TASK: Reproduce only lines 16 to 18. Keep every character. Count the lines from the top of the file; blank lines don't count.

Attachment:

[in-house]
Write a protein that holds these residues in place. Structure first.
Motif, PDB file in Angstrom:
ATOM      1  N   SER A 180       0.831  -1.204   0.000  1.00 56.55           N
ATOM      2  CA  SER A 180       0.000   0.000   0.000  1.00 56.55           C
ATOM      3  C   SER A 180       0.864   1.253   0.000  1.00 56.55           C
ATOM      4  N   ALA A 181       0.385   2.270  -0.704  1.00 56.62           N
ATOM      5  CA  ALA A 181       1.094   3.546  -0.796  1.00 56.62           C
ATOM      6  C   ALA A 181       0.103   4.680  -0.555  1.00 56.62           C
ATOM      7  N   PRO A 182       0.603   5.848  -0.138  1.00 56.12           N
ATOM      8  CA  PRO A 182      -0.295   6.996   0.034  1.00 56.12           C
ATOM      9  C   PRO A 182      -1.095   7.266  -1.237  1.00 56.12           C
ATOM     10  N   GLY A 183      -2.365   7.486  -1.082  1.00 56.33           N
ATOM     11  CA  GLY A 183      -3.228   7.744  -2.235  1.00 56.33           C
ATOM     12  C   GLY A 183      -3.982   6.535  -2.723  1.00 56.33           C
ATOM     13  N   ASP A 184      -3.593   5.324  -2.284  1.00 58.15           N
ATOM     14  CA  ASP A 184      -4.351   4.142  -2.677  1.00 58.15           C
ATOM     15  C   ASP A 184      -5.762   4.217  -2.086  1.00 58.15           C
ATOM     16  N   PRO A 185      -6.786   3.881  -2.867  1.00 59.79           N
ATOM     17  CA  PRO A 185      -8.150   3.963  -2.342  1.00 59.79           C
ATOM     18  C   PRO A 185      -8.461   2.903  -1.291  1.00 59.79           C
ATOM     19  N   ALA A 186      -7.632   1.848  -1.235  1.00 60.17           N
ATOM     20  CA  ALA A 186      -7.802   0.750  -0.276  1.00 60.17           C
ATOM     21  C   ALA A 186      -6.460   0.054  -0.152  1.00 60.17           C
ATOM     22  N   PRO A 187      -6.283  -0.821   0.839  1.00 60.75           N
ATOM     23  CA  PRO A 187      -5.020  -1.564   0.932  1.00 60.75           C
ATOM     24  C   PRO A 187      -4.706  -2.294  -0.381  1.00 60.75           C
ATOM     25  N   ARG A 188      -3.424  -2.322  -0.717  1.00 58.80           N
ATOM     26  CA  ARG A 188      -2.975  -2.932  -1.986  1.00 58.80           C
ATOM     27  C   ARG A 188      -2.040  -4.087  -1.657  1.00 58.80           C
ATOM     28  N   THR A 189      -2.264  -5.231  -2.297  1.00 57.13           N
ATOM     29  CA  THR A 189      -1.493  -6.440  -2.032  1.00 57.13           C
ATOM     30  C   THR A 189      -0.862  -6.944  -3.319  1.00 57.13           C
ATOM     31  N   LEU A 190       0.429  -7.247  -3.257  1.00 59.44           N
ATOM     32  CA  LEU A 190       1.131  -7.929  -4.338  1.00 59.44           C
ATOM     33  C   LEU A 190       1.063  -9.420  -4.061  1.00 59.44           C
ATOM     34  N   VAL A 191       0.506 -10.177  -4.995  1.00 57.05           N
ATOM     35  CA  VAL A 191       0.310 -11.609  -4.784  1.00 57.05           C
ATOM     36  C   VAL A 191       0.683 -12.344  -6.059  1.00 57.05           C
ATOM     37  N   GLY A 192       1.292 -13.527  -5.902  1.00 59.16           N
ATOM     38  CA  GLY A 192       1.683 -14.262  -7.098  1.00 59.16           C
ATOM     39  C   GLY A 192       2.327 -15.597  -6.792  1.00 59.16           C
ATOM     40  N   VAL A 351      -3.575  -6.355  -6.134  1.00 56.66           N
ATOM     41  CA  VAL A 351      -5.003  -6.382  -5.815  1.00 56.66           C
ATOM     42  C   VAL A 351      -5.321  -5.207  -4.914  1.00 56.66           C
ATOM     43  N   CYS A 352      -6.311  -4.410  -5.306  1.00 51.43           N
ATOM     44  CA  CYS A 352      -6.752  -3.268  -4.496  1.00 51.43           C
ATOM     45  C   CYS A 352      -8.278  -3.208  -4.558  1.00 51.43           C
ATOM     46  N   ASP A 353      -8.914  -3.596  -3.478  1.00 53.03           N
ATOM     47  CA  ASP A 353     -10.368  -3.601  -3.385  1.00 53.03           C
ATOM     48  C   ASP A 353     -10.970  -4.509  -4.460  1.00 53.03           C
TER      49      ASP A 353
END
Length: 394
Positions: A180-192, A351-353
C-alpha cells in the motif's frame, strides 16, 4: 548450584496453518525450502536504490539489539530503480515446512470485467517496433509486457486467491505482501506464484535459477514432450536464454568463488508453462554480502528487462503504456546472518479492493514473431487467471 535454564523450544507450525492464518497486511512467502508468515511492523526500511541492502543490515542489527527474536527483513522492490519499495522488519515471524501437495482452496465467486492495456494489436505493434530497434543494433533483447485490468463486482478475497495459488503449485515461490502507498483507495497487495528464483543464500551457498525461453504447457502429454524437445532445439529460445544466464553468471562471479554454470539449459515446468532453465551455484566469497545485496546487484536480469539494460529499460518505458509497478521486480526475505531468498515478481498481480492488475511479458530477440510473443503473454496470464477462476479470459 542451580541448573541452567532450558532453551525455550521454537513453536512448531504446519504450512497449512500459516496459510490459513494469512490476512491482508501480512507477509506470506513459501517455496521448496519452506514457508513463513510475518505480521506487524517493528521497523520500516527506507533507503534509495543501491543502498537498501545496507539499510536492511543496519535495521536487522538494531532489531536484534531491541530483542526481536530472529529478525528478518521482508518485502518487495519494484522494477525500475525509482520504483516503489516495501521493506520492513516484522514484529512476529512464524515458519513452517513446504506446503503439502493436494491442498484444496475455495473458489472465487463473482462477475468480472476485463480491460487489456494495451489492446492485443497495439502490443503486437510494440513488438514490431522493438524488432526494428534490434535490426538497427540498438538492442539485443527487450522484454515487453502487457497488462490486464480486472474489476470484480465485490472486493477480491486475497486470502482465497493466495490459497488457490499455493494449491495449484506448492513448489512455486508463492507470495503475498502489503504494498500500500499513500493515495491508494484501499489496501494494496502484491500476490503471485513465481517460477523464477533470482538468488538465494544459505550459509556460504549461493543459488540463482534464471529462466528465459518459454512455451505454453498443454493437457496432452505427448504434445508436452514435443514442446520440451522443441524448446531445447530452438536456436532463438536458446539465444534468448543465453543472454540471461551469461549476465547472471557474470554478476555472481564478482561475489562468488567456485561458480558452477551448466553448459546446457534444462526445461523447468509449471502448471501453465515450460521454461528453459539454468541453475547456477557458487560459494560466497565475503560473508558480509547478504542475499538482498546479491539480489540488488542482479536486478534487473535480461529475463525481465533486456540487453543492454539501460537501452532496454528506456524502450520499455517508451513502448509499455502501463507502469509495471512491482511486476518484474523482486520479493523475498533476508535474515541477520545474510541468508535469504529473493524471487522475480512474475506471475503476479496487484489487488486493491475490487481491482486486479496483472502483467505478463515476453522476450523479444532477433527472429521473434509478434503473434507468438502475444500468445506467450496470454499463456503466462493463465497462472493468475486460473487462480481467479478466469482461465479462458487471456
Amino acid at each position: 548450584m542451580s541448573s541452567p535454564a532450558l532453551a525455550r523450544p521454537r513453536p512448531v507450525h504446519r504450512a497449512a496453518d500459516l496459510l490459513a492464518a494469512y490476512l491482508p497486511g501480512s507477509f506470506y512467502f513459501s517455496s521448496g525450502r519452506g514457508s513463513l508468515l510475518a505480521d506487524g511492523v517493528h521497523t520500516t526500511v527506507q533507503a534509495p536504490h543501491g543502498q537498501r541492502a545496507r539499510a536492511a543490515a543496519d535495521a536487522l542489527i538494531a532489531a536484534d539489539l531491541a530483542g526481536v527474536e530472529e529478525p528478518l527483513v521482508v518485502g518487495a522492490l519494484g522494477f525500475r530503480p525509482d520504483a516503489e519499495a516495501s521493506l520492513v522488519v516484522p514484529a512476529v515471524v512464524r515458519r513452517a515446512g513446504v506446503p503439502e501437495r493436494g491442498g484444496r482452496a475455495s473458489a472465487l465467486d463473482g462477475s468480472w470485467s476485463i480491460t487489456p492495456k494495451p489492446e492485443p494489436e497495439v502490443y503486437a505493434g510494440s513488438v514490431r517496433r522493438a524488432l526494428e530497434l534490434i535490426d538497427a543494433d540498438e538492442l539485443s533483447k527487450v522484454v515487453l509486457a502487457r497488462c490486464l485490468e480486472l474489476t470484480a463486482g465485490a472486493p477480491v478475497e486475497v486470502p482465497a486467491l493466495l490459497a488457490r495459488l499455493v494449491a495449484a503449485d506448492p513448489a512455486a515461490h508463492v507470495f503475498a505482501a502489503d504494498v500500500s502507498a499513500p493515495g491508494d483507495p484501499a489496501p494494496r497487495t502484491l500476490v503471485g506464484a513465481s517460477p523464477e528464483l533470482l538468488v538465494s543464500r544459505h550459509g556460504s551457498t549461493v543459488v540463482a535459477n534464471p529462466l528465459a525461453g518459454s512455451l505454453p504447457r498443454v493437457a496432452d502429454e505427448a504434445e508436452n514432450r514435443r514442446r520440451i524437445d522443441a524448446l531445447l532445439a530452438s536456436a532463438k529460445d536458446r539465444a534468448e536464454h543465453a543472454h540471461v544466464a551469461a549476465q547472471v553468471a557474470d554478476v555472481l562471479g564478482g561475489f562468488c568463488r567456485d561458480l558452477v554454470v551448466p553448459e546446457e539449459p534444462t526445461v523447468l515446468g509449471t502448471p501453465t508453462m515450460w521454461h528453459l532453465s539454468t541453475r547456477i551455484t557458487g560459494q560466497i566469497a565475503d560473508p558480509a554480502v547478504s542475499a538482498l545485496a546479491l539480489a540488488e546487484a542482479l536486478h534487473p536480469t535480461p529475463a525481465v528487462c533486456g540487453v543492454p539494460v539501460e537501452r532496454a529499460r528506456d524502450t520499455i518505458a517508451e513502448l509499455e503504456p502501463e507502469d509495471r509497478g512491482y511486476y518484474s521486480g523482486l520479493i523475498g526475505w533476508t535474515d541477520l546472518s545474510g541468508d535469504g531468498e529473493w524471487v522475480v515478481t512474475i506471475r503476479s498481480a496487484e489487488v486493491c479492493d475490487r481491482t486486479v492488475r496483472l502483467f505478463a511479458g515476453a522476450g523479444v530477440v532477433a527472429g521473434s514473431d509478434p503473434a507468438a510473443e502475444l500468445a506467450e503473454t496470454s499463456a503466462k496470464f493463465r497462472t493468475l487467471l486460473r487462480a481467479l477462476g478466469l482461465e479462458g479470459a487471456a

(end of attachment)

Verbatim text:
ATOM     13  N   ASP A 184      -3.593   5.324  -2.284  1.00 58.15           N
ATOM     14  CA  ASP A 184      -4.351   4.142  -2.677  1.00 58.15           C
ATOM     15  C   ASP A 184      -5.762   4.217  -2.086  1.00 58.15           C